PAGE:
“A lot of them don’t have a steady job, they don’t have a steady place to live, they may have drug or alcohol problems, and about all they can think about is getting through the day. They don’t make appointments. Thinking about next week or next month might as well be 10 years from now,” one hospital executive told me. That was about 30 years ago.
Jonathan Gruber, a professor of economics at the Massachusetts Institute of Technology and one of the architects of Obamacare, has apparently been aware of this all along. He told the Washington Post recently that promises of savings made by people like Sebelius were, “sometimes a misleading motivator for the Affordable Care Act. The law isn't designed to save money. It's designed to improve health, and that's going to cost money."
Gee, nice of him to acknowledge that now. I don’t recall him disputing either Sebelius or the president during the intense debate over whether Obamacare was going to save money.
Oregon officials contend that since 2008, when the patient sample was studied, they have cut the use of ERs with better patient management. But that has required putting “community health workers” – in essence, health-care babysitters – in hospitals to divert patients with non-emergency problems to a less costly setting than the ER. This, they say, will “train” them to do it on their own. Good luck with that.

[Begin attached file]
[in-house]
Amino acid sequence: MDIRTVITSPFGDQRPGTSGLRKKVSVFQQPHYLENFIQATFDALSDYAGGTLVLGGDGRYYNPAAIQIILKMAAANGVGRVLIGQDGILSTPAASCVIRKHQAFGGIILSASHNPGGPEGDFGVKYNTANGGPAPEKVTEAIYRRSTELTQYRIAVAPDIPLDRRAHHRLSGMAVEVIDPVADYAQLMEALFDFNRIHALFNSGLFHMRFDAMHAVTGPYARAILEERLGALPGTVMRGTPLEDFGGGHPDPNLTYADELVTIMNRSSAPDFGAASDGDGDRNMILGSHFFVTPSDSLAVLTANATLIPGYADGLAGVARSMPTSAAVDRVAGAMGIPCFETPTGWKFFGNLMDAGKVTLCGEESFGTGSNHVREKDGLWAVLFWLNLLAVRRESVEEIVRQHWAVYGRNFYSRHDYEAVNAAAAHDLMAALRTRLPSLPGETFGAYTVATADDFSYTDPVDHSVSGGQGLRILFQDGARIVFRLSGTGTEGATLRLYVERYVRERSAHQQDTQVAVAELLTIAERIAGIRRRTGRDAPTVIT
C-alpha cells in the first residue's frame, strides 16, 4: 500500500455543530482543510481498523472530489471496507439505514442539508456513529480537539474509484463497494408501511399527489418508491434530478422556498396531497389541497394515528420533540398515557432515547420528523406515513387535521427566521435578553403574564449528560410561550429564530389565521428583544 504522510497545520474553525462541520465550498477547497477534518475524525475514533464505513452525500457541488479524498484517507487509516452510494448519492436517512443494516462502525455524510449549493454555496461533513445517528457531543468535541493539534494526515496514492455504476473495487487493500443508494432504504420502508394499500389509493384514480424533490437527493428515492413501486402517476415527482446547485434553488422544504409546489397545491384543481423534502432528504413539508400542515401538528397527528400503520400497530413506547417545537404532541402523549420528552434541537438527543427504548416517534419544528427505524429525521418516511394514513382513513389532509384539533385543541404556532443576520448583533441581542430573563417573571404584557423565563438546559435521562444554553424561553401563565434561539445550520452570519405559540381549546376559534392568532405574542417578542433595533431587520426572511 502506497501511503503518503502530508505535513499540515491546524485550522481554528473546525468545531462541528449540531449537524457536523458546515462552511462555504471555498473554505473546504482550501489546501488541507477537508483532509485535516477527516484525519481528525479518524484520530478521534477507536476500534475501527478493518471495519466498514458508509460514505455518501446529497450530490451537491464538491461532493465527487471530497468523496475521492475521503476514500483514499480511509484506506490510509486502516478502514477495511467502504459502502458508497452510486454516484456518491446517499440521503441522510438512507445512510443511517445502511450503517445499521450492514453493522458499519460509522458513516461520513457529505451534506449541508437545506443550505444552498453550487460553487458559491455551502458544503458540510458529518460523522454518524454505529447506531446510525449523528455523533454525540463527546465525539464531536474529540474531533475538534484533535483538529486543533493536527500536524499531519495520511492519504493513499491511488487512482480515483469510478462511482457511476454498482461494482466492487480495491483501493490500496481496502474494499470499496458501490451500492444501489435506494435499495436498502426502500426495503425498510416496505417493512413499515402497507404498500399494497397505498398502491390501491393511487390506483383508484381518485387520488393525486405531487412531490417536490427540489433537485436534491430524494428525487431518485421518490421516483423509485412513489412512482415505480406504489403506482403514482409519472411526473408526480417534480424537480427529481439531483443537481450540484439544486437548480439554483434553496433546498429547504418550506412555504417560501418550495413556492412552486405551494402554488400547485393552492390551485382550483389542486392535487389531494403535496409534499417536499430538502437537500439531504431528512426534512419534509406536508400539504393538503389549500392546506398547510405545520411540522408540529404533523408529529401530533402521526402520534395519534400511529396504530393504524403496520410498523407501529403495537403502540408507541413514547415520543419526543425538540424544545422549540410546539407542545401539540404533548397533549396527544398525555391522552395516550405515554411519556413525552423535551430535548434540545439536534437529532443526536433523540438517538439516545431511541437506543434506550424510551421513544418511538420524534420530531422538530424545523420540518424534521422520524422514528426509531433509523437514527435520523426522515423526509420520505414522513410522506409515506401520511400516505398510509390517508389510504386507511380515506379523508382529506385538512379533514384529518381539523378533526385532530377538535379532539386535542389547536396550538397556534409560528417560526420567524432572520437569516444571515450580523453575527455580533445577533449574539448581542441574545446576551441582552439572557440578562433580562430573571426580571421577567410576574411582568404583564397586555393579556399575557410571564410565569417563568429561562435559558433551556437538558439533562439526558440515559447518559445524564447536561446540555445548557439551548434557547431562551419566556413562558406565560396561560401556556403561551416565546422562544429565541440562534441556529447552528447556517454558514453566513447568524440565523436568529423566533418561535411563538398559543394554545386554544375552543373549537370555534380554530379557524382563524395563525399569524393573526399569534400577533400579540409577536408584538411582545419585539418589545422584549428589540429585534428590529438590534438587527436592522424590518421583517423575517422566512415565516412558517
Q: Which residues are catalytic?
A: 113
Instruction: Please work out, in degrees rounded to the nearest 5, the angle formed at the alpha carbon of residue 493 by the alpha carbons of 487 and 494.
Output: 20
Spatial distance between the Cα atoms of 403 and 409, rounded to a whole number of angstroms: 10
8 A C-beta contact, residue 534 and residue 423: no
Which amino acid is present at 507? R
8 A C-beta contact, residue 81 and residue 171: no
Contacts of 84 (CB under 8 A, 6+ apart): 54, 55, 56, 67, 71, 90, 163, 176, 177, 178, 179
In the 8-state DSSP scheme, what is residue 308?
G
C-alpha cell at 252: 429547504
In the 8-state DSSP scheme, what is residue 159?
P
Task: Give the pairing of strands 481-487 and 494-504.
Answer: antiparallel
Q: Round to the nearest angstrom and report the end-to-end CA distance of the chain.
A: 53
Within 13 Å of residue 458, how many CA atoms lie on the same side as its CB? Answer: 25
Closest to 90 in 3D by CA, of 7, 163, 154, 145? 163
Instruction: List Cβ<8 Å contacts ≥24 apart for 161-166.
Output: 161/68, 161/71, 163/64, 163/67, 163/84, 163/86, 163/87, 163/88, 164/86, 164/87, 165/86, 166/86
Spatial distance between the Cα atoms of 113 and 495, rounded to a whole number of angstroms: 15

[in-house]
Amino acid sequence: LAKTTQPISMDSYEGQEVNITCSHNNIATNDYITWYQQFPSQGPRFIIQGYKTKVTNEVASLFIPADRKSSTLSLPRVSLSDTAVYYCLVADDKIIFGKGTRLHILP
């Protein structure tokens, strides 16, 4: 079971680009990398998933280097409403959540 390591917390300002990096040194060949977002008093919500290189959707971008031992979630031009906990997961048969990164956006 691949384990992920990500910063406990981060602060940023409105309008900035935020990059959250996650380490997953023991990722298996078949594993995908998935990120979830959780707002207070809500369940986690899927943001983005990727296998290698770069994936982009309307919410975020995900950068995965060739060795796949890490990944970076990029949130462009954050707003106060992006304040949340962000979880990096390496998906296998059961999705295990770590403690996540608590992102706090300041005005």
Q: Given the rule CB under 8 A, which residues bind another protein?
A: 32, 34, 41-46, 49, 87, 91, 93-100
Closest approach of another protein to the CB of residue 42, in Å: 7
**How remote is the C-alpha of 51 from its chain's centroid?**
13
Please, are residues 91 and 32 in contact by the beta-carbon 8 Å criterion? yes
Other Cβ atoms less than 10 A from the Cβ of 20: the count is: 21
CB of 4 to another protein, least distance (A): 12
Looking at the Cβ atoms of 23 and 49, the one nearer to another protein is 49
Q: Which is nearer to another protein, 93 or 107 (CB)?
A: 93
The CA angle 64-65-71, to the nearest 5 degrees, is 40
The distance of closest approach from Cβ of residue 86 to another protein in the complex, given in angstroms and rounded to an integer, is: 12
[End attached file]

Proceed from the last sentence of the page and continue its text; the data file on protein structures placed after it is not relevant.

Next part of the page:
Meanwhile, there isn’t much discussion about what happens if they get diverted to a doctor who doesn’t take Medicaid.
Everybody should be provided with health care. But in some cases – millions of them nationwide – handing them an insurance plan is not the best way to do that. It certainly is not the way to save any money.
That is something people like Gruber knew – and should have acknowledged – up front.
Taylor Armerding is an independent columnist. Contact him at email@example.com